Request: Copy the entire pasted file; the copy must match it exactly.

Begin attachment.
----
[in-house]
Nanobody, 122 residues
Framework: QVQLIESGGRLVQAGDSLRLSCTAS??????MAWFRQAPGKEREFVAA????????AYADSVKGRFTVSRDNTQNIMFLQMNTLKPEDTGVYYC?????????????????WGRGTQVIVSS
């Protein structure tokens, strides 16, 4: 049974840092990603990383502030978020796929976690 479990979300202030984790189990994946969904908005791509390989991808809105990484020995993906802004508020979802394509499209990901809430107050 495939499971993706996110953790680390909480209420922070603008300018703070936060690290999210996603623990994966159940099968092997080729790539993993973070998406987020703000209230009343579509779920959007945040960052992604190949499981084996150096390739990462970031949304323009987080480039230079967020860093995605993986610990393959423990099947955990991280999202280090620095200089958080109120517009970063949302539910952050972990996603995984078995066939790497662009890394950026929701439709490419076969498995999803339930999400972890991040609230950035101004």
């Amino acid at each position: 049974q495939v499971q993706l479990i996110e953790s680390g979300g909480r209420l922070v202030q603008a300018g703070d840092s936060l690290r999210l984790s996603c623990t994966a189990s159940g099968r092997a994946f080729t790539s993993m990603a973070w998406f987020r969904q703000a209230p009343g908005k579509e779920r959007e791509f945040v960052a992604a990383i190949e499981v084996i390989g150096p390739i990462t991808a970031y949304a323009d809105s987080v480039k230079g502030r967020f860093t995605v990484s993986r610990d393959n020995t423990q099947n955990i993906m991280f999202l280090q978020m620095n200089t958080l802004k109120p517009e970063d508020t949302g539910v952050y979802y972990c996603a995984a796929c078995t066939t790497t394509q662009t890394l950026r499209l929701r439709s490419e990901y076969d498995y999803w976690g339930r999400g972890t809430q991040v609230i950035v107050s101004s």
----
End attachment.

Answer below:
[in-house]
Nanobody, 122 residues
Framework: QVQLIESGGRLVQAGDSLRLSCTAS??????MAWFRQAPGKEREFVAA????????AYADSVKGRFTVSRDNTQNIMFLQMNTLKPEDTGVYYC?????????????????WGRGTQVIVSS
């Protein structure tokens, strides 16, 4: 049974840092990603990383502030978020796929976690 479990979300202030984790189990994946969904908005791509390989991808809105990484020995993906802004508020979802394509499209990901809430107050 495939499971993706996110953790680390909480209420922070603008300018703070936060690290999210996603623990994966159940099968092997080729790539993993973070998406987020703000209230009343579509779920959007945040960052992604190949499981084996150096390739990462970031949304323009987080480039230079967020860093995605993986610990393959423990099947955990991280999202280090620095200089958080109120517009970063949302539910952050972990996603995984078995066939790497662009890394950026929701439709490419076969498995999803339930999400972890991040609230950035101004």
């Amino acid at each position: 049974q495939v499971q993706l479990i996110e953790s680390g979300g909480r209420l922070v202030q603008a300018g703070d840092s936060l690290r999210l984790s996603c623990t994966a189990s159940g099968r092997a994946f080729t790539s993993m990603a973070w998406f987020r969904q703000a209230p009343g908005k579509e779920r959007e791509f945040v960052a992604a990383i190949e499981v084996i390989g150096p390739i990462t991808a970031y949304a323009d809105s987080v480039k230079g502030r967020f860093t995605v990484s993986r610990d393959n020995t423990q099947n955990i993906m991280f999202l280090q978020m620095n200089t958080l802004k109120p517009e970063d508020t949302g539910v952050y979802y972990c996603a995984a796929c078995t066939t790497t394509q662009t890394l950026r499209l929701r439709s490419e990901y076969d498995y999803w976690g339930r999400g972890t809430q991040v609230i950035v107050s101004s």